Conducts research and collects data on the global history of labour, workers, and labour relations

Rural Labour in Malawi

6 July 1964
Tobacco shed, Malawi
Wikimedia Commons

On 6 July 1964, Nyasaland gained independence and renamed itself Malawi. In an IRSH article (55,2010, part 3), Erik Green deals with postcolonial African peasant agriculture, cash crop production and its impact on labour relations. The focus is on the Lilongwe Land Development Programme (1968-1981) in Malawi. The aim of the programme was to enable African farmers to increase yields and make them shift from the cultivation of tobacco and local maize to groundnuts and high-yielding varieties of maize. The programme failed to meet its goals, because it generated a decline in the supply of local labourers and made farmers increasingly dependent on collaborative labour arrangements. Green concludes that the history of rural labour relations cannot be grasped by simple linear models of historical change, but requires an understanding of local contexts.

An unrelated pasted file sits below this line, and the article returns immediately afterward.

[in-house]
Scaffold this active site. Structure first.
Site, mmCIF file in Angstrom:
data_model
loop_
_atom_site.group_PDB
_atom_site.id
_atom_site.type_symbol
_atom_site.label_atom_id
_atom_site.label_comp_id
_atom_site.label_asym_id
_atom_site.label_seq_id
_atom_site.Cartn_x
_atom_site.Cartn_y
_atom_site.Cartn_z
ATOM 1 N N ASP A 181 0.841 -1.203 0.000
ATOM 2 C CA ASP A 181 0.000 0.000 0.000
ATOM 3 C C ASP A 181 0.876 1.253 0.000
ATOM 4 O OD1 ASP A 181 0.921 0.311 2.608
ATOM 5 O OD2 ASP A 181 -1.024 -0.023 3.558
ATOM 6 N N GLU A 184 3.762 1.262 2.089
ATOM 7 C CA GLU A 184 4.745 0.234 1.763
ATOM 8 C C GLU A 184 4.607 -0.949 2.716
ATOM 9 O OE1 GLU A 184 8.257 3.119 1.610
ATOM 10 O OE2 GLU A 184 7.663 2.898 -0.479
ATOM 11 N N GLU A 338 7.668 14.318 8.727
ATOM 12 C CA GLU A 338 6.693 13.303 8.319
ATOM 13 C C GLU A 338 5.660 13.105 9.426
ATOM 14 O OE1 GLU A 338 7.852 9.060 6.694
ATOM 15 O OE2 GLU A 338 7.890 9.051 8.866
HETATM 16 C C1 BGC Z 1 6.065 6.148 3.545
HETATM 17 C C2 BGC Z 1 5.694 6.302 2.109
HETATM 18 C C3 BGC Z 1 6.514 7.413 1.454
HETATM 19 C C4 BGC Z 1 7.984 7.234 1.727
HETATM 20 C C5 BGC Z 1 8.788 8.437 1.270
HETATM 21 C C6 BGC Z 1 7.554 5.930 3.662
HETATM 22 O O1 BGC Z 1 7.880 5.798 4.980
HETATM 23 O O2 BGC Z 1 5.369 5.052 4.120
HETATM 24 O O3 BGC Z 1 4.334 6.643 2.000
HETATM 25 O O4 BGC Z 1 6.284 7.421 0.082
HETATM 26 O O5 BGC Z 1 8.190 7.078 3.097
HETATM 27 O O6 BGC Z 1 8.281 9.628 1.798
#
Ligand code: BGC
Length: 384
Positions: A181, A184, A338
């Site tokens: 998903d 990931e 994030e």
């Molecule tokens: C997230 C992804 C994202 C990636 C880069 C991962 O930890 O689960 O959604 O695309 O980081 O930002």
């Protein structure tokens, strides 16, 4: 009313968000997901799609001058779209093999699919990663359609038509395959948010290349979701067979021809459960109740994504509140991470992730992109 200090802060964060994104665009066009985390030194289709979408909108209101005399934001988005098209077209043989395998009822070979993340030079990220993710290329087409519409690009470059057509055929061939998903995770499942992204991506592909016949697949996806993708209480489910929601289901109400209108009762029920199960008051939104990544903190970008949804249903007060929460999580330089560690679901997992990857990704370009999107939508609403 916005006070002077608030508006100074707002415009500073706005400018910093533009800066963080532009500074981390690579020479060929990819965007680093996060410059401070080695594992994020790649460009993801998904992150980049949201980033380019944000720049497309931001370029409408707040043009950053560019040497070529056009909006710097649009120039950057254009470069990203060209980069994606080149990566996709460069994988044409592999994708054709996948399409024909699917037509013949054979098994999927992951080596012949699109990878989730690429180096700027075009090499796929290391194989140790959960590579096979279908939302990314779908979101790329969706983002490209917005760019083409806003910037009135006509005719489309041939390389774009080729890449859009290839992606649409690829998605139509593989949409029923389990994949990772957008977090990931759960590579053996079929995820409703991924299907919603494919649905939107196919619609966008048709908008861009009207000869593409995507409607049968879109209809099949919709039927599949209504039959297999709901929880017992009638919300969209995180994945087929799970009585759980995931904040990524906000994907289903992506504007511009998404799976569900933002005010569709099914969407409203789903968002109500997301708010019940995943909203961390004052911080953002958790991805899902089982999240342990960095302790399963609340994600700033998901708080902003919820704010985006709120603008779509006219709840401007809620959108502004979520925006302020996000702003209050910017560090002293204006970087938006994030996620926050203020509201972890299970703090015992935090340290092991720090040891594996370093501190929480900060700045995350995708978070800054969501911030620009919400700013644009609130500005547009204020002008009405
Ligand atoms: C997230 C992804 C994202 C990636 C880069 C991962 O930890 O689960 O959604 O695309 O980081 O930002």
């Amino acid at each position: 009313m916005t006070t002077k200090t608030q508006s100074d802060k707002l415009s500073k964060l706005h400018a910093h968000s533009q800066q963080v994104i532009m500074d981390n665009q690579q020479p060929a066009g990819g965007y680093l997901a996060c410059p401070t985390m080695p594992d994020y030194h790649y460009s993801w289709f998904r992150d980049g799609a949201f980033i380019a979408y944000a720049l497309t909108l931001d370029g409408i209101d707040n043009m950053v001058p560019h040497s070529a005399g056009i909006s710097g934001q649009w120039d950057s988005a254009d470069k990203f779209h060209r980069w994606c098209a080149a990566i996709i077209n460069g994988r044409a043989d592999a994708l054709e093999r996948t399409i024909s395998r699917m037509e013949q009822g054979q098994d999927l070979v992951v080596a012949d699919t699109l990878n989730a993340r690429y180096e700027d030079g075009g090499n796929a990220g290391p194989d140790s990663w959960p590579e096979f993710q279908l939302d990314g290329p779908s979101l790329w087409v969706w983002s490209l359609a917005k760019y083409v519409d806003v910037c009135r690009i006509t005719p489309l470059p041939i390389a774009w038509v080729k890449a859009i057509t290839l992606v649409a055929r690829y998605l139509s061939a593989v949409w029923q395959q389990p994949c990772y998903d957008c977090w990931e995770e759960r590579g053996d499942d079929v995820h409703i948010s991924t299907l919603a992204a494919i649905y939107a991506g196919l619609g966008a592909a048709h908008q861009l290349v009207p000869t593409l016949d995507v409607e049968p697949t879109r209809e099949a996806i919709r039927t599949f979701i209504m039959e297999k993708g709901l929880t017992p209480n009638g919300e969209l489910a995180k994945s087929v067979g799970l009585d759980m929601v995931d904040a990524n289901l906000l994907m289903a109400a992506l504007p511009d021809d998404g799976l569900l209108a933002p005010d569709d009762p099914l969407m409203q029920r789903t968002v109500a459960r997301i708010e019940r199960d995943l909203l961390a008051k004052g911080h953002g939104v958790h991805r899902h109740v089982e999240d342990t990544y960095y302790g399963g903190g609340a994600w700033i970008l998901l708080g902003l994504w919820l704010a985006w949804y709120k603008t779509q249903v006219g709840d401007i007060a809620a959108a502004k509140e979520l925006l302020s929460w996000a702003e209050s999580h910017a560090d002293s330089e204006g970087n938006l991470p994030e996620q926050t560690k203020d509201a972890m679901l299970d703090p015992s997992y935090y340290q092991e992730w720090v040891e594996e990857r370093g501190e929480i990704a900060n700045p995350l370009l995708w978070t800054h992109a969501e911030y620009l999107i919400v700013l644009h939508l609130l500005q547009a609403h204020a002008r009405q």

Erik Green, 'State-led Agricultural Intensification and Rural Labour Relations: The case of Lilongwe Land Development Program in Malawi, 1968-1981', IRSH 55 (2010) part 3